In celebration of this Labor Day weekend we thought we would share information about the Coal Creek War. According to the Department of Labor’s website, Labor Day is “a creation of the labor movement and is dedicated to the social and economic achievements of American workers. It constitutes a yearly national tribute to the contributions workers have made to the strength, prosperity, and well-being of our country.”
Many people may be asking, “What is the labor movement?”
The labor movement in the United States grew out of the need to protect the common interest of workers such as better wages, reasonable hours and safer working conditions, which lead to trade union development.
So what does all this have to do with Anderson County, Tennessee? The Coal Creek War from 1891 to 1892, was what most people would call a labor dispute or labor strike. After the Civil War, the Southern States were basically bankrupt and could not afford prisons. They were also looking for ways to make money so they enacted the convict lease system, where they would lease convicts out to coal mining companies, plantation owners, railroads, etc.
Along the same time, the miners in Coal Creek, Tennessee (now known as Rocky Top) were not very happy with how they were being treated by the Tennessee Mining Company. Instead of being paid an hourly wage, coal companies would pay the miners by the ton. The miners were basically sub-contractors to the companies. The companies would pay the miner in scrip, which was usually only accepted at the company store. The miners also lived in housing provided by the company.
Remember the Merle Travis song made famous by Tennessee Ernie Ford and Johnny Cash, Sixteen Tons? The chorus of the song goes like this, “You load sixteen tons, what do you get? Another day older and deeper in debt, Saint Peter don’t you call me ’cause I can’t go, I owe my soul to the company store.” All true. The miners usually ended up owing all their earnings back to the company.
The dispute started because the miners working for the Tennessee Mining Company wanted to elect their own checkweighman, which is exactly what it sounds like, the person who checks the weight of the coal brought out by each miner. The miners didn’t trust the company to accurately weigh the coal. The company decided that it wasn’t worth the trouble, kicked the miners out of their houses and brought in convict workers to mine coal.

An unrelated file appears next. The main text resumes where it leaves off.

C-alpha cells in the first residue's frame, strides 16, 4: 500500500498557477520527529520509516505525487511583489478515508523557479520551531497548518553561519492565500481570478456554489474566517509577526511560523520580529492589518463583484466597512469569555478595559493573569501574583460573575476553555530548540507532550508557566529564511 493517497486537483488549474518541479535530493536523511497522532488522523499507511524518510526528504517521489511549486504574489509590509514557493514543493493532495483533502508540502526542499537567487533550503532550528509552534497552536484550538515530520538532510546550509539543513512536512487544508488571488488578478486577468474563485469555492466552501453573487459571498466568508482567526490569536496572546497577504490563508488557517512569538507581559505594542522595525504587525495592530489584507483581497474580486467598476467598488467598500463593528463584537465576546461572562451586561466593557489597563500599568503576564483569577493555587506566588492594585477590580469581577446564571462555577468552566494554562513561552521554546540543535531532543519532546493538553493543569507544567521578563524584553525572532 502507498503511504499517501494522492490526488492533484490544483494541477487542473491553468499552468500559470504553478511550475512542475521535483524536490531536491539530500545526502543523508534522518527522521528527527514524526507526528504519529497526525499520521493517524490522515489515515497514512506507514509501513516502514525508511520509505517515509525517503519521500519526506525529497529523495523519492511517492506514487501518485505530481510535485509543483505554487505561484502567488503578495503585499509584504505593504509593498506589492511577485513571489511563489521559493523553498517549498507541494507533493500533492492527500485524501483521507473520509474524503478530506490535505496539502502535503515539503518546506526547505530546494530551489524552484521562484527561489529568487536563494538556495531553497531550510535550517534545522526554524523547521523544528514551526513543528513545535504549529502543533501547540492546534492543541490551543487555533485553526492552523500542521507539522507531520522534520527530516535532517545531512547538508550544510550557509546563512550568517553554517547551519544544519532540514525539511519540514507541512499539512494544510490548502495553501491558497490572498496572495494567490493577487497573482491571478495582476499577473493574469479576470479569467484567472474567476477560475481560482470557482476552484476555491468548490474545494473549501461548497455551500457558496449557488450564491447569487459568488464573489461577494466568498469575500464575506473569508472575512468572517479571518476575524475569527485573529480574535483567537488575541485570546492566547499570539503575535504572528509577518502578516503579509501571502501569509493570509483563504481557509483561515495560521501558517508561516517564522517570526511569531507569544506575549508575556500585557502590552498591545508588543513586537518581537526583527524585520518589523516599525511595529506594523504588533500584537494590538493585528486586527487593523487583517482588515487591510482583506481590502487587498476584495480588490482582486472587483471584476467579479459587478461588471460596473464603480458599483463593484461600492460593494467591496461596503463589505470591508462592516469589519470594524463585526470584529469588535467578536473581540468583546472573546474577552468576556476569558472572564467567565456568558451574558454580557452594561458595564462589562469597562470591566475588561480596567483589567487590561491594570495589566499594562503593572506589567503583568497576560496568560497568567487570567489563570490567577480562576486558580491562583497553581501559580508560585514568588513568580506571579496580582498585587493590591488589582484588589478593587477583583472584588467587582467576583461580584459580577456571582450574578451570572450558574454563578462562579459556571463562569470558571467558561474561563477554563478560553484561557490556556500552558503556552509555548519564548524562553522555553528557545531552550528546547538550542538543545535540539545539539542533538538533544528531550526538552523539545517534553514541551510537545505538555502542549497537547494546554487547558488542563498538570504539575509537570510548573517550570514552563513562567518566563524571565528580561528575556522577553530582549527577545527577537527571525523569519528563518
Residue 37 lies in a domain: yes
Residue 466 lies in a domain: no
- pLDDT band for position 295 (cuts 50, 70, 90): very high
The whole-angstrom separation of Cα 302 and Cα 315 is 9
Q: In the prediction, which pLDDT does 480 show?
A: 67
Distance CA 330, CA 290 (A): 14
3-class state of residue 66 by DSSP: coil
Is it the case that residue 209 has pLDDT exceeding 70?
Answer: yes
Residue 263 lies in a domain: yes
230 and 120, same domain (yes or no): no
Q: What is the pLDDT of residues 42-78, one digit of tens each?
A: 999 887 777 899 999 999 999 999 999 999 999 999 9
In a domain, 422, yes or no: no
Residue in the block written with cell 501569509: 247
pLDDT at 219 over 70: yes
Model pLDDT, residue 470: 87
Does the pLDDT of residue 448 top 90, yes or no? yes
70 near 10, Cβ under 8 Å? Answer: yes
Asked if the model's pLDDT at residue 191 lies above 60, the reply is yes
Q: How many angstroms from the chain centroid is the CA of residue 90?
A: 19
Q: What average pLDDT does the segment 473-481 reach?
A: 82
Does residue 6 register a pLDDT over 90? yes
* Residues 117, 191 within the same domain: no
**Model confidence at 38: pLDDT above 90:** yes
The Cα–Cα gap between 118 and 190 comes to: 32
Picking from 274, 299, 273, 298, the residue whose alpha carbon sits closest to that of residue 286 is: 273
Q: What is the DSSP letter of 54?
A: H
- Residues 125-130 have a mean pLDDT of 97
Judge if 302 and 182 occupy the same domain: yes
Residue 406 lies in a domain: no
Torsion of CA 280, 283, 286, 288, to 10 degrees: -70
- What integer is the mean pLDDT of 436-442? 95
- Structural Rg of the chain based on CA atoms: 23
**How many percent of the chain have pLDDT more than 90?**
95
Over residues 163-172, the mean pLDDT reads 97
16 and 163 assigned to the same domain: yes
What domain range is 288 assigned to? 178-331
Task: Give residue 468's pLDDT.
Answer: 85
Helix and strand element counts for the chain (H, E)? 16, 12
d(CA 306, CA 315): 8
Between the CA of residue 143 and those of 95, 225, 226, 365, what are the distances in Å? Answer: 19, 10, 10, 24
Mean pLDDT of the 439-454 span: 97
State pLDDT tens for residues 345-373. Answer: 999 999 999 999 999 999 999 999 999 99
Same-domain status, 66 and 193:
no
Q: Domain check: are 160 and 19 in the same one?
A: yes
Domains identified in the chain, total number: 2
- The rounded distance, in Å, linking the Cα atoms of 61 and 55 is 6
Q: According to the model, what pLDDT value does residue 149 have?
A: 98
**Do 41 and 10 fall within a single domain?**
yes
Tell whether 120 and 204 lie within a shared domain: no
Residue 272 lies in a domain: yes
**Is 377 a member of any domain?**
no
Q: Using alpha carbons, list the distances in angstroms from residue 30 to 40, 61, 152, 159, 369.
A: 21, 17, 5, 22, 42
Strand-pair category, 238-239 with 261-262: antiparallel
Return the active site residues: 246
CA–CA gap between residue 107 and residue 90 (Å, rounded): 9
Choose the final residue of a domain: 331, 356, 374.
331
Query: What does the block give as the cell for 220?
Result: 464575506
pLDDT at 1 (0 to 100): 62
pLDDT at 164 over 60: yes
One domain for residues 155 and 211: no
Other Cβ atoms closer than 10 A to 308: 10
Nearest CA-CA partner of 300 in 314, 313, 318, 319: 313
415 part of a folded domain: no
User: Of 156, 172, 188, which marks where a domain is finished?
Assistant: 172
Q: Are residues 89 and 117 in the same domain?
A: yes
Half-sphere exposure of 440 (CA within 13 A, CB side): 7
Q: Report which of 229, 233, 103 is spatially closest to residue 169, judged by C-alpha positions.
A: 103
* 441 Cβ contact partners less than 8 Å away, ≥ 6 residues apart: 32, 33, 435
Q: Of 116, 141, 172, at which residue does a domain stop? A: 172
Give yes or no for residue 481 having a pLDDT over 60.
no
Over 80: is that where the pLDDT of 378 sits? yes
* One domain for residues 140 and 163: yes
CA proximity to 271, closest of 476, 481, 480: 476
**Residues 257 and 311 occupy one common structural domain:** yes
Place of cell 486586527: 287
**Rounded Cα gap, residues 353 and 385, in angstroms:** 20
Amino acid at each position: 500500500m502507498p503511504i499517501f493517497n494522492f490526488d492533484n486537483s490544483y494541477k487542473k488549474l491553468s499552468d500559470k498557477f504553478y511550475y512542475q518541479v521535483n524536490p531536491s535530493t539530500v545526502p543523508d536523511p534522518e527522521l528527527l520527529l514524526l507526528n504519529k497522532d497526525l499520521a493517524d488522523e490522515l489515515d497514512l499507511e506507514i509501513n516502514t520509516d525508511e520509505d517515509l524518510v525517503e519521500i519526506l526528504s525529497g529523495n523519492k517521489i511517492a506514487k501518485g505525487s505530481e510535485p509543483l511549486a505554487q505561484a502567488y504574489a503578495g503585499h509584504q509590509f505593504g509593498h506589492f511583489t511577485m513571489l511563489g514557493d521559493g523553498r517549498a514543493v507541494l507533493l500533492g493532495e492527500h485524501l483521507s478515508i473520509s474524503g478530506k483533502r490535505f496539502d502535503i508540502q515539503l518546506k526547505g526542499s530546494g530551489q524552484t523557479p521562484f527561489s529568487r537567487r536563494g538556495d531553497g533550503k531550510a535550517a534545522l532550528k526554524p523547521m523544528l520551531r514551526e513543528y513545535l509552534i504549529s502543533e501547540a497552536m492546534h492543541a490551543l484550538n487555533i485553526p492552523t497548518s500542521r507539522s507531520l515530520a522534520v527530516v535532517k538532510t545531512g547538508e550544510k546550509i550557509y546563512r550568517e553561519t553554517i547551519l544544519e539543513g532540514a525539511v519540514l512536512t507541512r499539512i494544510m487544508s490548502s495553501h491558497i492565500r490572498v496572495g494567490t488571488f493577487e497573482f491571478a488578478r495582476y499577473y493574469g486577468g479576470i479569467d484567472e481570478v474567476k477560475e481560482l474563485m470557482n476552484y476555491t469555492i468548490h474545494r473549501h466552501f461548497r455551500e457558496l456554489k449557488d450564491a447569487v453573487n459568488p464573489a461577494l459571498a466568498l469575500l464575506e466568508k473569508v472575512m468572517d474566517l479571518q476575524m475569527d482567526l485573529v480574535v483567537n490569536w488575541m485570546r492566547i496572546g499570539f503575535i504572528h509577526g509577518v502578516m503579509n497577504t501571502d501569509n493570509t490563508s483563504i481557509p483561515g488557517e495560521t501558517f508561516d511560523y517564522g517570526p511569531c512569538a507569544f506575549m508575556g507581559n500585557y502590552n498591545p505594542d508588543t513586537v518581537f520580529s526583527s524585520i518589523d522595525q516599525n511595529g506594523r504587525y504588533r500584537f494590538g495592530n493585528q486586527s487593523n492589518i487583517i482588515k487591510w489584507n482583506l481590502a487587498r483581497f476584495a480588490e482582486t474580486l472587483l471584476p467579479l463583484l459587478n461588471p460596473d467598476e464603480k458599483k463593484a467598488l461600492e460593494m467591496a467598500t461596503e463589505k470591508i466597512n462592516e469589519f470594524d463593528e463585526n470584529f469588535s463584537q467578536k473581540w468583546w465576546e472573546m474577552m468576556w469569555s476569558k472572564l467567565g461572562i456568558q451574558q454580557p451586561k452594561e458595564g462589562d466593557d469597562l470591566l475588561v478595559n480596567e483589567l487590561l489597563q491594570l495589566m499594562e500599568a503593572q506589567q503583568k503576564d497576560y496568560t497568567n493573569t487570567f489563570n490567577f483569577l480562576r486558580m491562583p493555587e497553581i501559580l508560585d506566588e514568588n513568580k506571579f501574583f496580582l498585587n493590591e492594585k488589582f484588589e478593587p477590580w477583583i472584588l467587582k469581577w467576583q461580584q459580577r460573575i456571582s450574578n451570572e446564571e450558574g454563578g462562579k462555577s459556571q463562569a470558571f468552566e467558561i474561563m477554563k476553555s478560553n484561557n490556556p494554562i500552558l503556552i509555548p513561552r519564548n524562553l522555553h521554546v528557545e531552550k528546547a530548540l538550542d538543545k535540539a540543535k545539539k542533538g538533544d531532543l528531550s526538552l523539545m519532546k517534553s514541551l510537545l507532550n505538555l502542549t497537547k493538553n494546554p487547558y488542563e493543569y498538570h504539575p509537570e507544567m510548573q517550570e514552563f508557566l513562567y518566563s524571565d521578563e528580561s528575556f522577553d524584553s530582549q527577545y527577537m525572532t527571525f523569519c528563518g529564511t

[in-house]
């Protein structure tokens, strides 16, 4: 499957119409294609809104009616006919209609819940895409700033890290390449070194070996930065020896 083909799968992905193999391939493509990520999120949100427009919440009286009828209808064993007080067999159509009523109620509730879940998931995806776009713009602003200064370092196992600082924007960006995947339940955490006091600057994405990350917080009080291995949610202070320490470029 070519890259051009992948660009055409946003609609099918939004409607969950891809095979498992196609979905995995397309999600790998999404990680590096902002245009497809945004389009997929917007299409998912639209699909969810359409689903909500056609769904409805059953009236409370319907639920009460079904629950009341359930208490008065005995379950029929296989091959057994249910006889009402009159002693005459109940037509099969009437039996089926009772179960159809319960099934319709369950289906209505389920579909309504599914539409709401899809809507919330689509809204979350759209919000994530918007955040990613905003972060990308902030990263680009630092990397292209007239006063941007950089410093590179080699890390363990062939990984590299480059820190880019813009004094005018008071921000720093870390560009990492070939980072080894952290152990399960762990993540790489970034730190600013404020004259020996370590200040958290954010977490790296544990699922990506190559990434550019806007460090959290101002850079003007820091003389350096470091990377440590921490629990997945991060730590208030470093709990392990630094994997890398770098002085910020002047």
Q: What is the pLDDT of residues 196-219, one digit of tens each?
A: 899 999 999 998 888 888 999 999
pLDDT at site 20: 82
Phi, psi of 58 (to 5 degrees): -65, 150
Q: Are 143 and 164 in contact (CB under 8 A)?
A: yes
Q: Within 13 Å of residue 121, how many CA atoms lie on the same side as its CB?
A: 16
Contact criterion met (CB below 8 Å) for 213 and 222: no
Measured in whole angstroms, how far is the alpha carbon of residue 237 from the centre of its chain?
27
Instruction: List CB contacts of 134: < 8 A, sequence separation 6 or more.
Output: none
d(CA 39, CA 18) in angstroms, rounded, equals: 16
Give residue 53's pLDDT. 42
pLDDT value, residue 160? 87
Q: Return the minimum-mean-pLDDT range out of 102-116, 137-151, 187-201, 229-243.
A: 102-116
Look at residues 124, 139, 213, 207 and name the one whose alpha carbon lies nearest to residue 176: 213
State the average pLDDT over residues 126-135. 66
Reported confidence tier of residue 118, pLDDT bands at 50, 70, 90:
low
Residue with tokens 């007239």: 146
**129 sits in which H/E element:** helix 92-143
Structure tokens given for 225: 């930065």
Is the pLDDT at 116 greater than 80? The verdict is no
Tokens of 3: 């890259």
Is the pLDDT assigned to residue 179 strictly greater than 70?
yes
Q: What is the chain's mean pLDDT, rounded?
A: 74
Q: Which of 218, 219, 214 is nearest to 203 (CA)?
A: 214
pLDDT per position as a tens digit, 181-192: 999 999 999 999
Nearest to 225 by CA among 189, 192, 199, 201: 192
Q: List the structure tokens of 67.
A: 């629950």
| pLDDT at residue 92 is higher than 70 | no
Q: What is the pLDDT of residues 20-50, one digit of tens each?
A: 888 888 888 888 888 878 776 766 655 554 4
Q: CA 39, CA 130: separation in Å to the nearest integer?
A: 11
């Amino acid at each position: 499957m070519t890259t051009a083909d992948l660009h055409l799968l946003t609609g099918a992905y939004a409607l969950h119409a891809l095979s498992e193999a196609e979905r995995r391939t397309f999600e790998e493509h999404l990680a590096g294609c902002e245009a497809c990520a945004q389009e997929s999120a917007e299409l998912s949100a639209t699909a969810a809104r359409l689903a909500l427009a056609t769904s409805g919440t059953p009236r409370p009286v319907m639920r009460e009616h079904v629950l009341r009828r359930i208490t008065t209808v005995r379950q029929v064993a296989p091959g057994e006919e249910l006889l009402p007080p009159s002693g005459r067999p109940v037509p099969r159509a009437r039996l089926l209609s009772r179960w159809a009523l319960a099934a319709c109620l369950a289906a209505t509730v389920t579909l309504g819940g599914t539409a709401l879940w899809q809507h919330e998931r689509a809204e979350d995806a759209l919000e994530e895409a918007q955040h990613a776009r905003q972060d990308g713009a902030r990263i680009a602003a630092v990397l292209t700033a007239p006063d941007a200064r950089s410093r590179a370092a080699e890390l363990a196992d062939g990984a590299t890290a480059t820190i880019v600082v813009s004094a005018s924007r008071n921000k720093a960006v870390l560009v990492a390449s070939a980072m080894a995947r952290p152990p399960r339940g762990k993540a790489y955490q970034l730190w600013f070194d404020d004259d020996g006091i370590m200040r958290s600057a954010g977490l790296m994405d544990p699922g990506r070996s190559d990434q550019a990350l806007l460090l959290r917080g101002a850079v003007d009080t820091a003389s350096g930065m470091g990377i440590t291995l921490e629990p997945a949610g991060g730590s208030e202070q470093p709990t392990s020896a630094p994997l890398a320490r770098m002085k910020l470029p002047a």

Needless to say, that didn’t sit well with the miners. Not only did they lose their livelihoods, they were not real happy about the conditions that the convicts had to live in.
To make a long story short, the miners revolted, the state sent in the militia, the miners sent the militia back home, the militia came back and set up camp, one man lost his life and the miners lost the battle but as the saying goes, they didn’t lose the war. The Governor who championed the convict lease system did not win his re-election campaign and his opponent went on to be instrumental in ending the convict lease system in Tennessee.
I know, I know, we blew through some very important information really quickly but you can get the long version at the Coal Creek Miners Museum located in Rocky Top, TN. Or if you can’t make it any time soon, check out their website where you can purchase a book about the history for only $15.
Side note: After the abolishment of the convict lease system, the state built Brushy Mountain State Penitentiary about 25 miles away in 1896 and it operated as a maximum security prison until 2009. The prison is best known for housing James Earl Ray, the assassin of Martin Luther King, Jr. Today, it is open for tours and has a restaurant and distillery.
So on this Labor Day, we celebrate the brave men of Coal Creek who stood up for what they believed in and instituted change for their fellow man and generations to come.